In Conversation: Gymshark’s Elfried Samba on social media, diversity and making a legacy | Leah Mahon

Jun 23, 2020

 

Since it’s humble beginnings in a teenage boy’s bedroom in 2012, Gymshark has catapulted to become Britain’s fastest growing fitness apparel and accessories brand.  With communities across an array of social networks, like Instagram and Tik Tok, they have grown their following of 1.5 million to over 12.6 million engaged consumers across 131 countries.

In a time like this, as we waver on the edge of a revolution, and where diversity policies become an epicentre of the path to equality, the Gymshark brand only continues to appeal to millions of people around the world without one.

Amidst the follower counts, perfectly framed pictures and tongue and cheek captions, is their Head of Social Content, Elfried Samba. He tells me that he was always striving for something special in the topsy-turvy world of social media marketing. - “I had 15 or 20 interviews after graduating, and the reason that I didn’t get those roles was not because they didn’t think I was adequate for the role,” he says.It was because I told them that social media was going to be a thing, and that they needed to stop doing that current way of working and start to consider that the world is going digital. But they didn’t want to change…Gymshark was born in an era that had the same mentality to the change in digital.”

That teenage boy’s bedroom was Gymshark’s founder, Ben Francis, who was just 19 years-old when the brand came into fruition. Through him, Elfried tells me that implementing diversity in the organisation has never had to be a thing, because it was just always a thing.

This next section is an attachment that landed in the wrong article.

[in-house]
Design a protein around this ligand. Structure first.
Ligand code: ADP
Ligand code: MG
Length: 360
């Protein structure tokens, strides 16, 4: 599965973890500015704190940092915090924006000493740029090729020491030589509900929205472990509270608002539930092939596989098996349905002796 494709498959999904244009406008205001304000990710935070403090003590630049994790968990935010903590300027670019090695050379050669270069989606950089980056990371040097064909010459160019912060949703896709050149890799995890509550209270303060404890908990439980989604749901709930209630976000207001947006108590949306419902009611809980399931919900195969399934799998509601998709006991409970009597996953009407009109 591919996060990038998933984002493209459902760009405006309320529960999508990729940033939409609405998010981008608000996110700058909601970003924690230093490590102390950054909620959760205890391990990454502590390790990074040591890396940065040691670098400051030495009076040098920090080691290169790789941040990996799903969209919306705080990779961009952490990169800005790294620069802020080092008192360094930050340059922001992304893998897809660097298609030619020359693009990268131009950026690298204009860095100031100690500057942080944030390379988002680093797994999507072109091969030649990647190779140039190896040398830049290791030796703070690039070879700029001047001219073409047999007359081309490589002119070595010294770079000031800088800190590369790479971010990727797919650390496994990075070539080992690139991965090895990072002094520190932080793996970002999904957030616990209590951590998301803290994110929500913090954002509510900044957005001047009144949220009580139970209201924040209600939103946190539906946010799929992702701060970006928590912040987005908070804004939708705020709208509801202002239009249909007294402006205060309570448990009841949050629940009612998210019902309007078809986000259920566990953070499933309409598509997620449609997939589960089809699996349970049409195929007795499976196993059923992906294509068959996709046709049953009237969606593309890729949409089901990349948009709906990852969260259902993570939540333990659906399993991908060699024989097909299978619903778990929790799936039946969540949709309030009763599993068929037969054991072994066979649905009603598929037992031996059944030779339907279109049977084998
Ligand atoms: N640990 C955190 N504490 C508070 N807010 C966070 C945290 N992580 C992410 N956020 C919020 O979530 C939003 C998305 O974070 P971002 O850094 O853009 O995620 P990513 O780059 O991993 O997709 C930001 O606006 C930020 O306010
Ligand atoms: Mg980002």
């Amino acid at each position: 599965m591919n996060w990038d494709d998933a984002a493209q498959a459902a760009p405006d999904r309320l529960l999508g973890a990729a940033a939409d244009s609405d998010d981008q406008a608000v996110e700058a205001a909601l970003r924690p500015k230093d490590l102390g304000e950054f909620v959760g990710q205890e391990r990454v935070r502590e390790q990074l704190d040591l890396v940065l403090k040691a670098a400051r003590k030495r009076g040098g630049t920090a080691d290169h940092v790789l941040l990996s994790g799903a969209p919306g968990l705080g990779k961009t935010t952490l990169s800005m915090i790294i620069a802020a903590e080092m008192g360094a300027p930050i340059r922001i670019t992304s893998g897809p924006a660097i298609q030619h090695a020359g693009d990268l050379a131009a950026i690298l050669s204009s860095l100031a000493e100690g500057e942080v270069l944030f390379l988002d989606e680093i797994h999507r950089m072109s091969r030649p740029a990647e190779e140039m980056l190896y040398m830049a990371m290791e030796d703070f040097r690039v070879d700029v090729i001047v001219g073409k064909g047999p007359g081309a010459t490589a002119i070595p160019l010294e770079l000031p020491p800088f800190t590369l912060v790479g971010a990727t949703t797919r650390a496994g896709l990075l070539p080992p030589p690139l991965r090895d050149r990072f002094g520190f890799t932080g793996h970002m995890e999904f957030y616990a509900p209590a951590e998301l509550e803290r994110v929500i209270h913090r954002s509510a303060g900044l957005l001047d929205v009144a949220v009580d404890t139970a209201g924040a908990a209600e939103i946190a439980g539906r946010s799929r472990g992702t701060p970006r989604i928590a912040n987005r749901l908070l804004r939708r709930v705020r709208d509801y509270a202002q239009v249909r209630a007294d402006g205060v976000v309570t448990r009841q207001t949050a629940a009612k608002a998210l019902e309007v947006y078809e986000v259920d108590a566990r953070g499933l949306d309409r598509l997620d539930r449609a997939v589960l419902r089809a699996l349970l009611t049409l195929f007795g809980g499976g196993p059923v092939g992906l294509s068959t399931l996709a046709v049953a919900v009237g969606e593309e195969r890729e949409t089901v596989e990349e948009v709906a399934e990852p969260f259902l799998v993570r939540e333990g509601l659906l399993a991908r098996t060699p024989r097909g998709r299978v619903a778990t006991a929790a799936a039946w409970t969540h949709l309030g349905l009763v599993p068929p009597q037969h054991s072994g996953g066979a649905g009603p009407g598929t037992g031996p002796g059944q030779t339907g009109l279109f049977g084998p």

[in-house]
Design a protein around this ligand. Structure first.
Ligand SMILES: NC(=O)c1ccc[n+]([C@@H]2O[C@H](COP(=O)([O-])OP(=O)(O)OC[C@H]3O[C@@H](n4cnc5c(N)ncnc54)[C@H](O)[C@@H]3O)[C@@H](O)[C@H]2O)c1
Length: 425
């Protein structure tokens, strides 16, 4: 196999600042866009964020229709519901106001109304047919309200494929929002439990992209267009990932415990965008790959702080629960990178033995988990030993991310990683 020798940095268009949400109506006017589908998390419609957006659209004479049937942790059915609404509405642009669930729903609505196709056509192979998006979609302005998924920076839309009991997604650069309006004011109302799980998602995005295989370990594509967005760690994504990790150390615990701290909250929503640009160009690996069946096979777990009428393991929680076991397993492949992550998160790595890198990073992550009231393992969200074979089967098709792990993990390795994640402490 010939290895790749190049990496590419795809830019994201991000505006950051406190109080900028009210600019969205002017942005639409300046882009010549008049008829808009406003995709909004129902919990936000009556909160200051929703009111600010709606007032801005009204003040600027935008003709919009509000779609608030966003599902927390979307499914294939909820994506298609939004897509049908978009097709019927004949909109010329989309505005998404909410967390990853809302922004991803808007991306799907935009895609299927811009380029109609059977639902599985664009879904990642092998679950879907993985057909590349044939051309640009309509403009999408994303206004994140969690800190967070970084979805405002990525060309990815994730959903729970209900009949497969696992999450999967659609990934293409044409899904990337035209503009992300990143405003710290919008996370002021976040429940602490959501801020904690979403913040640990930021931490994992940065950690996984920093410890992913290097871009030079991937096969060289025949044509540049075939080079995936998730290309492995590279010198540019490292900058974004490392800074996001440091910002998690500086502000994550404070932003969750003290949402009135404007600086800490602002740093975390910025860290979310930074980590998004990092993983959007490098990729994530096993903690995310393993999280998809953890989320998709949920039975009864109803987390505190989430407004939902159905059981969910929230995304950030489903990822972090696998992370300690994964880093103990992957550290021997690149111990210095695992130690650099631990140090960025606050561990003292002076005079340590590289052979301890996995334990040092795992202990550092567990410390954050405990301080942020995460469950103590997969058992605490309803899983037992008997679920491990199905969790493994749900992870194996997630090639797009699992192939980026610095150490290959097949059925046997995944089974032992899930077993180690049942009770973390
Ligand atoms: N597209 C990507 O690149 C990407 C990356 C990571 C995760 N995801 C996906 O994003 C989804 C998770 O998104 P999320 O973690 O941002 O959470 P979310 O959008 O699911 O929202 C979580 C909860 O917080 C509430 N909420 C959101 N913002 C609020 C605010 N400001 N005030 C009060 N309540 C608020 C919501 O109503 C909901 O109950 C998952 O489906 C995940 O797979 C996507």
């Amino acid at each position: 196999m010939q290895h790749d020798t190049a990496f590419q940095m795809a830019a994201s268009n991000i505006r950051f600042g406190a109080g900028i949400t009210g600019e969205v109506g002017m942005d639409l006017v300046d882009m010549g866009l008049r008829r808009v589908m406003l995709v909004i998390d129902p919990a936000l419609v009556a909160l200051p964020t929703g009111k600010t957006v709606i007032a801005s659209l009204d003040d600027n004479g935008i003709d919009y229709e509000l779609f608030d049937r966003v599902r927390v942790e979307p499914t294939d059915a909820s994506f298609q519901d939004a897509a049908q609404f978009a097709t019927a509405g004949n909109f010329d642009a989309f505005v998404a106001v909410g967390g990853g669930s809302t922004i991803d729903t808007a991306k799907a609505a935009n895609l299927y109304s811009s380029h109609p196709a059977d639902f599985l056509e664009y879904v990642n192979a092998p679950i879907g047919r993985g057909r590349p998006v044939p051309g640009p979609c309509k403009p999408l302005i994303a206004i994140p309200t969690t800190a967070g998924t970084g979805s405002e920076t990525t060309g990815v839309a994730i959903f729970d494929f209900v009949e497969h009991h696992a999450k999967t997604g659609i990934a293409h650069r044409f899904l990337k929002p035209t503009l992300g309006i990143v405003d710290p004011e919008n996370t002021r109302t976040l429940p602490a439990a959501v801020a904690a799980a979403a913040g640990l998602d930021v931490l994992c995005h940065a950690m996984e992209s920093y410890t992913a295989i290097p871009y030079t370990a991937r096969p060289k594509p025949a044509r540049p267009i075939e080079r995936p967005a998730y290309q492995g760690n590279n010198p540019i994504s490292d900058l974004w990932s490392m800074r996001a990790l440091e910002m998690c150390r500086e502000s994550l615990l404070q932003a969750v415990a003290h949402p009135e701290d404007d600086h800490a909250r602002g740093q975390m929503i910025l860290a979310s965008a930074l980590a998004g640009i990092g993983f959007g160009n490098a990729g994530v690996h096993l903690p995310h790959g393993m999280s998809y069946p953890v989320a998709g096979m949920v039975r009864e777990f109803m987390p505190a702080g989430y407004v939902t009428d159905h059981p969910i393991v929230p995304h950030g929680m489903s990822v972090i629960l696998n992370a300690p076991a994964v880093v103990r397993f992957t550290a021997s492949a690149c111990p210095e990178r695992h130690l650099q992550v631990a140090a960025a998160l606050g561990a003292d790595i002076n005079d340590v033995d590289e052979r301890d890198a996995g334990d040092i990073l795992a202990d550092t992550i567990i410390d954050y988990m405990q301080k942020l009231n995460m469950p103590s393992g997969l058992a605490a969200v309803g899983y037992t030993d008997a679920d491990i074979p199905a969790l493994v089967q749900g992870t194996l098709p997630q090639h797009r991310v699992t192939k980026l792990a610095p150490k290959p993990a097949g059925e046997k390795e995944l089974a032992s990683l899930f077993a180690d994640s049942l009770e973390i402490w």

But before joining the social media tide, Congolese-born Elfried almost embarked on a once told “African son story,” as he considered becoming a doctor similar to his dad, and a career in investment banking before the economic crash in 2008 took hold.

But after graduating from the University of Wolverhampton with a first-class degree in Marketing Management, Elfried’s vision and what he wanted to do was clear.

“I was actually really inspired by a keynote by Steve Jobs,” he recalls. “He is still one of the most inspirational and influential people till this day; when he presented the iPhone for the first time and the way that he did it,” I said to myself that’s what I wanted to do. Shortly afterwards, the Mark Zuckerberg story came out and I was exposed to the world of social media.”

Somehow, he took these two worlds and felt there was a niche somewhere in between that he could collide together. He set himself on a path to becoming the best social media marketer on the planet, but soon learnt that along the way he needed to be a part of the best social media marketing team on the planet for a legacy to be made. At Gymshark, the team has always been highly diverse and that has since been forever evolving; it has always been about hiring based on talent. As the organisation develops, Elfried has made peace with the fact that at 28-years-old, he can no longer be the voice of the target audience as Generation Z takes precedence, especially in the realms of social media. Young university graduates with fresh, and alternative perspectives are the organisation’s newest and most frequent recruits.

Elfried concedes that, “As we’ve grown, every single department and that every single entity of the business requires different skills. Particularly in the social media marketing team; the people in that team have to reflect the people that are going to be receiving that content - we can’t have somebody that’s not involved in the culture if you could say.”

For Elfried and the rest of the team, having a “world view as opposed to a local view” is one of the biggest forces behind Gymshark’s inherent diversity successes.